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Or (My Treasure) – Keren Yedaya’s lenses women & trauma by Vandana Kumar



Since the last 15 years or so, cinema from Israel, has been getting a lot more recognition globally – in terms of prestigious awards and academic courses revolving around it. When I mentioned to a friend in Georgia (Eastern Europe) that I was about to write an article on an Israeli film, she told me that courses revolving around Cinema from Israel had suddenly become popular since 2008-09 in cinema schools there.


‘Or’ (My Treasure) is a 2004 intense drama film starring Dana Ivgy in the title role of ‘Or’. ‘Or’ is this teenager who tries to take on the responsibility of her mother in most ways that a mother would, for a child that age. In the case of this drama, it is especially about ‘Or’ trying to keep her prostitute mother ‘Ruthie’ (Played by Ronit Elkabetz) away from the dark abyss of prostitution. Ronit Elkabetz is also among one of the country’s renowned directors and screenwriters.


The French-Israeli production premiered on May 14, 2004, at the Cannes film festival. It impressively won the debutant director ‘Keren Yedaya’ the “Caméra d'Or” at Cannes. (The “Camera d’Or” translates as the ‘Golden Camera’ award, and it is a prize category that was created in 1978 and specifically for the best first feature film).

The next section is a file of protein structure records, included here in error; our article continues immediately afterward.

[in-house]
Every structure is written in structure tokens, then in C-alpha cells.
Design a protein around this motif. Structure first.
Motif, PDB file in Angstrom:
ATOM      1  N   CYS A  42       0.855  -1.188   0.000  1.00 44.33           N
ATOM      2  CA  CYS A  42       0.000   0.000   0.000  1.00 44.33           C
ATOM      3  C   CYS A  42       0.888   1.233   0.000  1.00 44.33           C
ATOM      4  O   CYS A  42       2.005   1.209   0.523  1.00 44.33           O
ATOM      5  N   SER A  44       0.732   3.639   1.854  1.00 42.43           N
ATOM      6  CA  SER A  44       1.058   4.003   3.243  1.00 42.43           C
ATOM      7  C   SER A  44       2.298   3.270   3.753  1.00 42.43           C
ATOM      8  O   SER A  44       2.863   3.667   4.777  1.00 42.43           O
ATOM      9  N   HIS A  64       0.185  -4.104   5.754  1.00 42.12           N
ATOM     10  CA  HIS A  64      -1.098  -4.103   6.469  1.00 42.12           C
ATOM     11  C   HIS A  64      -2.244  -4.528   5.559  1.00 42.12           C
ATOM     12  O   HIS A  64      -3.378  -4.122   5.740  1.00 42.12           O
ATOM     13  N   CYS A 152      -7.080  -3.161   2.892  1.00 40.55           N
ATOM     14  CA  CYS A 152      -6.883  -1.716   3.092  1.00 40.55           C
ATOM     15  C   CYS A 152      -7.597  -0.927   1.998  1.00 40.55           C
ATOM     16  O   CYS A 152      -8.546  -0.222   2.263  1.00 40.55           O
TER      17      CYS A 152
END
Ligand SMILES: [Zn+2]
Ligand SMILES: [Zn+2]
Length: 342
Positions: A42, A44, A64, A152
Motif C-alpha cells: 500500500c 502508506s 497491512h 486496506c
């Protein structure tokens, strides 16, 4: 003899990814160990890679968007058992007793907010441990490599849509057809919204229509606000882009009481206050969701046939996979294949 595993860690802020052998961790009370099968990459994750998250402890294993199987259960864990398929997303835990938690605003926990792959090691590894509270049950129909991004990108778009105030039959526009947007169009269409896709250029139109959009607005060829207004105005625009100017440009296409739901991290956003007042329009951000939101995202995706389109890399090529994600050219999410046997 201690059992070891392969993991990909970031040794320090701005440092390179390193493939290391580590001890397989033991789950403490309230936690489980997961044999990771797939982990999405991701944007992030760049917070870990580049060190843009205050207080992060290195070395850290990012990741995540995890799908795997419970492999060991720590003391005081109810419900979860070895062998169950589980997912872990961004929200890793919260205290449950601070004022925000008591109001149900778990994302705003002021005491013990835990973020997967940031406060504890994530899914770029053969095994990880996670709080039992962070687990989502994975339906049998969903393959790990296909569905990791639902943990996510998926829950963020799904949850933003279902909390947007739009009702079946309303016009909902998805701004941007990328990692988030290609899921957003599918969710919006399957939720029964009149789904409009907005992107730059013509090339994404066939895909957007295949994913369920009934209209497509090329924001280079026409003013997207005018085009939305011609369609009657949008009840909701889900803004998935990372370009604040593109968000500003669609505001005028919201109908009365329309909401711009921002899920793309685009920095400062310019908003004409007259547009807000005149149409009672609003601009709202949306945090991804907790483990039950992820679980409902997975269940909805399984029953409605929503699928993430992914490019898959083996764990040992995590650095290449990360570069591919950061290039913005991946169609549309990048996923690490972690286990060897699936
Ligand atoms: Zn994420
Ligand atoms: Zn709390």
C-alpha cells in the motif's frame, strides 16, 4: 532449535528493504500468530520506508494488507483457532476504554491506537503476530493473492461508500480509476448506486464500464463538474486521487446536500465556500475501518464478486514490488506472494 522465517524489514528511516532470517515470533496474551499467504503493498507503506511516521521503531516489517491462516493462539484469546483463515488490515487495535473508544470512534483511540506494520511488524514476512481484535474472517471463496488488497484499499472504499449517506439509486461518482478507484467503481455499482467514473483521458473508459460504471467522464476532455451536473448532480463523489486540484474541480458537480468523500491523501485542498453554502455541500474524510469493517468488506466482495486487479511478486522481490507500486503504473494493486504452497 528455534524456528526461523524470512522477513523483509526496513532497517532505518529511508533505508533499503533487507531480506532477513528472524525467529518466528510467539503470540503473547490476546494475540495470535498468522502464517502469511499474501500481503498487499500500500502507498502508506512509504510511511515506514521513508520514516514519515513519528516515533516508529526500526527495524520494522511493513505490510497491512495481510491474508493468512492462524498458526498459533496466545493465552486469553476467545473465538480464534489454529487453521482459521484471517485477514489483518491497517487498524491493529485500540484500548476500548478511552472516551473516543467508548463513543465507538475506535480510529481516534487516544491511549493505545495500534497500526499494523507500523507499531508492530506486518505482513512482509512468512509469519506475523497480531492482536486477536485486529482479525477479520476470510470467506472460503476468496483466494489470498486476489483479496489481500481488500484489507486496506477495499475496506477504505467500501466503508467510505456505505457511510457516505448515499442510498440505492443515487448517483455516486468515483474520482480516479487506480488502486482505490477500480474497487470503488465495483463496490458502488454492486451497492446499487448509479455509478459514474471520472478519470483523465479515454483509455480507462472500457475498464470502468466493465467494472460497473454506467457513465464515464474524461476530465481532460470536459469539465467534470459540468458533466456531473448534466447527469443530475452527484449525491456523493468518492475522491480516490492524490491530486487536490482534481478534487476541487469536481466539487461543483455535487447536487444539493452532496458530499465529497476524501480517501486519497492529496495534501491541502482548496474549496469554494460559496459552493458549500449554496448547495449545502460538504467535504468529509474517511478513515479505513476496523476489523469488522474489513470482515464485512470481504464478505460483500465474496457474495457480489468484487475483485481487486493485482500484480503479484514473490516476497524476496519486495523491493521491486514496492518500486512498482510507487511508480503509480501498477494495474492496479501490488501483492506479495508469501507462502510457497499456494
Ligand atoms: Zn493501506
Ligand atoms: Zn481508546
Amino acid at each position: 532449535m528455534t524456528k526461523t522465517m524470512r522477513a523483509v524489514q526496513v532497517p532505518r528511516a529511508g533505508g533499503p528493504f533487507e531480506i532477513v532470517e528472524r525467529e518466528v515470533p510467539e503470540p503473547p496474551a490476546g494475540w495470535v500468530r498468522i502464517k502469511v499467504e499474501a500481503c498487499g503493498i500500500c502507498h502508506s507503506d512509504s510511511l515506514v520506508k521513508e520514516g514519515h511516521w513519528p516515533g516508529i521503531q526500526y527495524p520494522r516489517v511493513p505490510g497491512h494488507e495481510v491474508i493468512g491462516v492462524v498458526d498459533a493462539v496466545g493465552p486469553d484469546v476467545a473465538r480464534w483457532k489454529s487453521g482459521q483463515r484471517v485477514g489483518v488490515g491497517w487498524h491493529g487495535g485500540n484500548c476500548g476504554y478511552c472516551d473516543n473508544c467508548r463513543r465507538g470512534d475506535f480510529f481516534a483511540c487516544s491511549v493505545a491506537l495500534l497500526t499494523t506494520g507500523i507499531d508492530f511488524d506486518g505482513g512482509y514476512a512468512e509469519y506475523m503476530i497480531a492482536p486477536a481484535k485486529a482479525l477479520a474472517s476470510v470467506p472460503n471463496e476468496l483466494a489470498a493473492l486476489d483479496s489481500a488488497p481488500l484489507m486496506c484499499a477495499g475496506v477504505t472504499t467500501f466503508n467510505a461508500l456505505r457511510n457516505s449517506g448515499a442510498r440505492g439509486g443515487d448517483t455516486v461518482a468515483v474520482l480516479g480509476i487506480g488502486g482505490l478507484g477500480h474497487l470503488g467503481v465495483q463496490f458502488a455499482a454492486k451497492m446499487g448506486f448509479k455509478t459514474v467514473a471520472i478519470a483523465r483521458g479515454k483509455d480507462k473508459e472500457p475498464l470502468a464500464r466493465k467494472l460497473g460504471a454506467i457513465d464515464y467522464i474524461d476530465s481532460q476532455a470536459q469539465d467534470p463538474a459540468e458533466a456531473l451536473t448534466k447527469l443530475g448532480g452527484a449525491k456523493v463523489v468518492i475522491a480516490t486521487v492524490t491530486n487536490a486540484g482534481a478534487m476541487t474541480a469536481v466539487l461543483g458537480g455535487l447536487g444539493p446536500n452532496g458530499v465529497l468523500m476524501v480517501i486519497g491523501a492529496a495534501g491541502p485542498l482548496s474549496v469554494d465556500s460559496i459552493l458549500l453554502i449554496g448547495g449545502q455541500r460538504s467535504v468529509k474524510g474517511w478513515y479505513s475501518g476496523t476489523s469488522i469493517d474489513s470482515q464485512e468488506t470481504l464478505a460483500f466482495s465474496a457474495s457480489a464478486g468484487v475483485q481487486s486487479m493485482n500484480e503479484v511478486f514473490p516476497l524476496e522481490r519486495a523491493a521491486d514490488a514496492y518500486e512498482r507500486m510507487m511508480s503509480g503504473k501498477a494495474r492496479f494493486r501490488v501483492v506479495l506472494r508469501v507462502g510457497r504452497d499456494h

The film is replete with still long shots that underscore the harrowing daily life of the teenage ‘Or’ and her prostitute mother, Ruthie. The film starts with the 16-year-old picking up her mother from the hospital in a completely no nonsense and no fuss manner and before the audience can process this, she locks her mother inside their apartment. Routine is harsh and ‘Or’ almost immediately leaves for work at a restaurant managed by her young boyfriend’s family. So while Or’s legitimate job is juggling between nights in a neighborhood restaurant and managing her high school student life – what really is her 24*7 unspoken job is her mother, Ruthie.